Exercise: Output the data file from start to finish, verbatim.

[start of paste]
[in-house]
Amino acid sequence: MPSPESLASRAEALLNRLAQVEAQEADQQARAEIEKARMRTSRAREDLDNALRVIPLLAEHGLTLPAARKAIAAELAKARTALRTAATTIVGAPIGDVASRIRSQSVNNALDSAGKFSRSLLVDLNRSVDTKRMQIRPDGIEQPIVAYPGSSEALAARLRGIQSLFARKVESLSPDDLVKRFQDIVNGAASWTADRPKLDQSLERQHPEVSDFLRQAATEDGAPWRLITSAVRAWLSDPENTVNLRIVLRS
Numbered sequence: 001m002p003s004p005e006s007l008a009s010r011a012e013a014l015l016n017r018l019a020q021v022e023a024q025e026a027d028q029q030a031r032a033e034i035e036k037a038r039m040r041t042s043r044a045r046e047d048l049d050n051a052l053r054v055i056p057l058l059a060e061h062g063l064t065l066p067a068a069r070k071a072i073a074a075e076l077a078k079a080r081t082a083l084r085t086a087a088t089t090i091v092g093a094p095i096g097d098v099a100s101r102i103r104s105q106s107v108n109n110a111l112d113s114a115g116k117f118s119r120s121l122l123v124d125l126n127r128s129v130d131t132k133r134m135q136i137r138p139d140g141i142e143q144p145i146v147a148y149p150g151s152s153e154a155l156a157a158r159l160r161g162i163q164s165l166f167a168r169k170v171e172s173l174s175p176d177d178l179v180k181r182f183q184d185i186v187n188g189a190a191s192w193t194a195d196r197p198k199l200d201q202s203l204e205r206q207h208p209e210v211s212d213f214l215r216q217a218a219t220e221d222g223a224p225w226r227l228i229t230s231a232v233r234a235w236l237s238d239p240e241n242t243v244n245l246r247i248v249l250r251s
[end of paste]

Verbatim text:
[in-house]
Amino acid sequence: MPSPESLASRAEALLNRLAQVEAQEADQQARAEIEKARMRTSRAREDLDNALRVIPLLAEHGLTLPAARKAIAAELAKARTALRTAATTIVGAPIGDVASRIRSQSVNNALDSAGKFSRSLLVDLNRSVDTKRMQIRPDGIEQPIVAYPGSSEALAARLRGIQSLFARKVESLSPDDLVKRFQDIVNGAASWTADRPKLDQSLERQHPEVSDFLRQAATEDGAPWRLITSAVRAWLSDPENTVNLRIVLRS
Numbered sequence: 001m002p003s004p005e006s007l008a009s010r011a012e013a014l015l016n017r018l019a020q021v022e023a024q025e026a027d028q029q030a031r032a033e034i035e036k037a038r039m040r041t042s043r044a045r046e047d048l049d050n051a052l053r054v055i056p057l058l059a060e061h062g063l064t065l066p067a068a069r070k071a072i073a074a075e076l077a078k079a080r081t082a083l084r085t086a087a088t089t090i091v092g093a094p095i096g097d098v099a100s101r102i103r104s105q106s107v108n109n110a111l112d113s114a115g116k117f118s119r120s121l122l123v124d125l126n127r128s129v130d131t132k133r134m135q136i137r138p139d140g141i142e143q144p145i146v147a148y149p150g151s152s153e154a155l156a157a158r159l160r161g162i163q164s165l166f167a168r169k170v171e172s173l174s175p176d177d178l179v180k181r182f183q184d185i186v187n188g189a190a191s192w193t194a195d196r197p198k199l200d201q202s203l204e205r206q207h208p209e210v211s212d213f214l215r216q217a218a219t220e221d222g223a224p225w226r227l228i229t230s231a232v233r234a235w236l237s238d239p240e241n242t243v244n245l246r247i248v249l250r251s